3. Provide free information that people can use. Establish yourself as a trusted source and not simply some shill trying to get them to buy something. Create content about which you have passion and knowledge in that others can benefit from. Develop trust and confidence (“PREsell”) by OVERdelivering relevant, original, high-value information to these motivated pre-customers.

4. Send your warm, willing-to-buy visitors to the goods and services you trust and use yourself. Sell hard goods, e-goods, your personal or professional services… or all three. Or become a “pure infopreneur” and earn substantial income without selling at all, through Google Ads, affiliate fees, finder’s fees and other techniques.

Site Build It!

I was searching around the Internet for some marketing tools and came upon an approach called Site Build It! (aka SBI!). The creator Ken Envoy has, in my estimation, created a product suite that allows businesses and individuals to quickly and easily create websites that generate target traffic. His company offers free eBook downloads that explain the how-to’s for free. You can benefit from reading these eBooks alone but the real strength of his product line are the integrated tools that come from hosting a website with the company.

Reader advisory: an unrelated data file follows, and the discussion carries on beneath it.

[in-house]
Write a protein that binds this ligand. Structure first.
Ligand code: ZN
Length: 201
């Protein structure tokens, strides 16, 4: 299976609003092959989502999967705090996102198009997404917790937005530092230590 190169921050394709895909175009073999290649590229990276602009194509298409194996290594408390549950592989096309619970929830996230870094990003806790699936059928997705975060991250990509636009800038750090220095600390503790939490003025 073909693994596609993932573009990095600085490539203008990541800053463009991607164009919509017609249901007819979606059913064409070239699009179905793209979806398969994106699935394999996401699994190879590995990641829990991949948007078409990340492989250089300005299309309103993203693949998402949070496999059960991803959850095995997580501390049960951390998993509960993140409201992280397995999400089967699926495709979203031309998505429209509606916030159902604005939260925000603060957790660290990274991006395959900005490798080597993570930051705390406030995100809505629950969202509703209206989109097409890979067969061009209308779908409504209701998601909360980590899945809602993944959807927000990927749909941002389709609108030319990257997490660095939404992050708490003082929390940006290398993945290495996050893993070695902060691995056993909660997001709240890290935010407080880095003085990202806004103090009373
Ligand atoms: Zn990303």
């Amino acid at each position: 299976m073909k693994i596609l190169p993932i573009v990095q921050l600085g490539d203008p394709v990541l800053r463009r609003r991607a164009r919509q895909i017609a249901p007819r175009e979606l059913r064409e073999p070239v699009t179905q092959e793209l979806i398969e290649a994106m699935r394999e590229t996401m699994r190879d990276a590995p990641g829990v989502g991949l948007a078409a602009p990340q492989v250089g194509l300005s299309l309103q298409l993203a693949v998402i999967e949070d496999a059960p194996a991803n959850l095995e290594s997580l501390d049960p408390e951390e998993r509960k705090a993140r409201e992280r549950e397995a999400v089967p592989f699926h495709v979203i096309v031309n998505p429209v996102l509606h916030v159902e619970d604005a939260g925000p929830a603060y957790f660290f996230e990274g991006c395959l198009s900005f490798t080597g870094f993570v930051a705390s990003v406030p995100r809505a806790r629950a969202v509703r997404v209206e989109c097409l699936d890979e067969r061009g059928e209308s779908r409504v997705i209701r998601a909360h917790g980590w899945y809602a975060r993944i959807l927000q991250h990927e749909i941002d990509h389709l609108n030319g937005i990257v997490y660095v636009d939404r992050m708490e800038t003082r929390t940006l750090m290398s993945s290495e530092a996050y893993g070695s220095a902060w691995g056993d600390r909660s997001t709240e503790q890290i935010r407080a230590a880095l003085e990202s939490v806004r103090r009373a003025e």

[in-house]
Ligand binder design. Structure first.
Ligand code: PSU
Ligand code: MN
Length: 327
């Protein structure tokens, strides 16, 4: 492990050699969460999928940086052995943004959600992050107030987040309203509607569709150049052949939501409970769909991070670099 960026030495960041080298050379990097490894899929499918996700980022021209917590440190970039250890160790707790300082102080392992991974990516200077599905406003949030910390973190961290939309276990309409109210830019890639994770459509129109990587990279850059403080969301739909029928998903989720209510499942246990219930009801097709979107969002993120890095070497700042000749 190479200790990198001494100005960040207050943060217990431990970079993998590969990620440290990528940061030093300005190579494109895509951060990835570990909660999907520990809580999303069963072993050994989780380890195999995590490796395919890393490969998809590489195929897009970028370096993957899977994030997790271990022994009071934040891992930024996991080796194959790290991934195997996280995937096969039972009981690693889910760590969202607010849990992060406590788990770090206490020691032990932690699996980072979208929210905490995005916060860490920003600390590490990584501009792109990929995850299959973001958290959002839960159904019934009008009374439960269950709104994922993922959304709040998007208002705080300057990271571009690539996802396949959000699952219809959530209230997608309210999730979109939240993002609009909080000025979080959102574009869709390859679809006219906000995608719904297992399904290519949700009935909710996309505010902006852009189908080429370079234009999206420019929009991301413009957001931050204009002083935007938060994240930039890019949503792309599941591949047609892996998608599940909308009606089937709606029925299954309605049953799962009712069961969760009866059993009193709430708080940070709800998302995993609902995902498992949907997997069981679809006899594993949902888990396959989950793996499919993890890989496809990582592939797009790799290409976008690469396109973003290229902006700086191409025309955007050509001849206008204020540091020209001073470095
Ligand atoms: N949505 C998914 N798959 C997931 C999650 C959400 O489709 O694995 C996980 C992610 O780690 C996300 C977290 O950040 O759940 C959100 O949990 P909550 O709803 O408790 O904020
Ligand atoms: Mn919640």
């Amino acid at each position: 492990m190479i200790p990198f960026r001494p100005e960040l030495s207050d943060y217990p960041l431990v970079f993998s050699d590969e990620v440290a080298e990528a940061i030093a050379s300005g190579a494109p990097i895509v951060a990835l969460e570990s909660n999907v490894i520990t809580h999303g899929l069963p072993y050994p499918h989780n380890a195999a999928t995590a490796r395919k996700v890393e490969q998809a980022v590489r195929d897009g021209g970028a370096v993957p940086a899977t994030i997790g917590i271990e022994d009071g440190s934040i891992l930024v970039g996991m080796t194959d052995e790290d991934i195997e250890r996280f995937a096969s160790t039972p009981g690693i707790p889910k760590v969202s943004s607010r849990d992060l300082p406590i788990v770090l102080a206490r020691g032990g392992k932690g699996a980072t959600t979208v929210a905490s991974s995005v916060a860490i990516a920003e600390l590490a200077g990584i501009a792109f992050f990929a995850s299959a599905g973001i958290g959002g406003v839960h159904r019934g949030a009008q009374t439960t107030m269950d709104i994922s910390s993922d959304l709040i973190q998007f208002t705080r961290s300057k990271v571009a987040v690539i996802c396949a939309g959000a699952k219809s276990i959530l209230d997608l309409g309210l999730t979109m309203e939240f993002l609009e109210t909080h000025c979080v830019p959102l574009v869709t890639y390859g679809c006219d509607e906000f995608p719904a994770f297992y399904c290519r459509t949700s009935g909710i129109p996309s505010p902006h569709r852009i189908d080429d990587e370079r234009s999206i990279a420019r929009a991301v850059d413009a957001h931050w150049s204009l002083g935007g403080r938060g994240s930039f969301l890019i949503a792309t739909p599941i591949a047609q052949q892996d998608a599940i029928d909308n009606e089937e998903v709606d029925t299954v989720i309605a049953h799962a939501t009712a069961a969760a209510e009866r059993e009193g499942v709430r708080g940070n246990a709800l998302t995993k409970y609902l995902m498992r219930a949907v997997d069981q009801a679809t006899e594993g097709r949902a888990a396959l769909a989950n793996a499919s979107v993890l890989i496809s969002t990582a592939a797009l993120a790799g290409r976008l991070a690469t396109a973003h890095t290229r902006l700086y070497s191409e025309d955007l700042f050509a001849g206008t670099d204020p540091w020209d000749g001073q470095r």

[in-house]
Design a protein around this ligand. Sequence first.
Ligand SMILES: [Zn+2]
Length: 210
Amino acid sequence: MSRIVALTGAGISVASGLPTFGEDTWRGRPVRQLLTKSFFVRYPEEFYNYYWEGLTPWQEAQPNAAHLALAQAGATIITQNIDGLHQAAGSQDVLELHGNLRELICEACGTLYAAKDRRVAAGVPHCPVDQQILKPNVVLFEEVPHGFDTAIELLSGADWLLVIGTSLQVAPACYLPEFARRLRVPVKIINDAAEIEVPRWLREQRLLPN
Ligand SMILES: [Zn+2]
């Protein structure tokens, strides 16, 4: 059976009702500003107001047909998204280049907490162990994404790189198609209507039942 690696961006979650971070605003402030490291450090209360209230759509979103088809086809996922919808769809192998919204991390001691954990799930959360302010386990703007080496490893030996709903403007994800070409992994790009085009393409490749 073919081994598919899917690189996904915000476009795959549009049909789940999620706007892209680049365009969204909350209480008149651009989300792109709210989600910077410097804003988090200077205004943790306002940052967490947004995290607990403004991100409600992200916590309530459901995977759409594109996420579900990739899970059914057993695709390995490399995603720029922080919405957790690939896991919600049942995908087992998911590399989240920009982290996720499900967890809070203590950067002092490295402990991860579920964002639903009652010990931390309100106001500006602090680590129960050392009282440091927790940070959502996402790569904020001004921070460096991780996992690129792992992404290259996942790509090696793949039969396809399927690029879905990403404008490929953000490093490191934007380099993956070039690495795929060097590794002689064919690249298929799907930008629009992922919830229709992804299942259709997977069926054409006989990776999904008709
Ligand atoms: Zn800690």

Businesses can follow the step-by-step C-T-P-M process, using SBI!’s complete set of site-building-&-marketing tools. No HTML, FTP, CGI, graphic or programming skills needed (although SBI! is compatible with html editors if you have html experience) No Search Engine expertise required — no expensive tech, Web or graphic consultants necessary. The complete set of tools make it easy to build, market, and manage your site effectively.

SiteSell has detailed proof that their system works, comparing their product performance against other well known small business and affiliate methodologies. You can go to their question page to seek more help.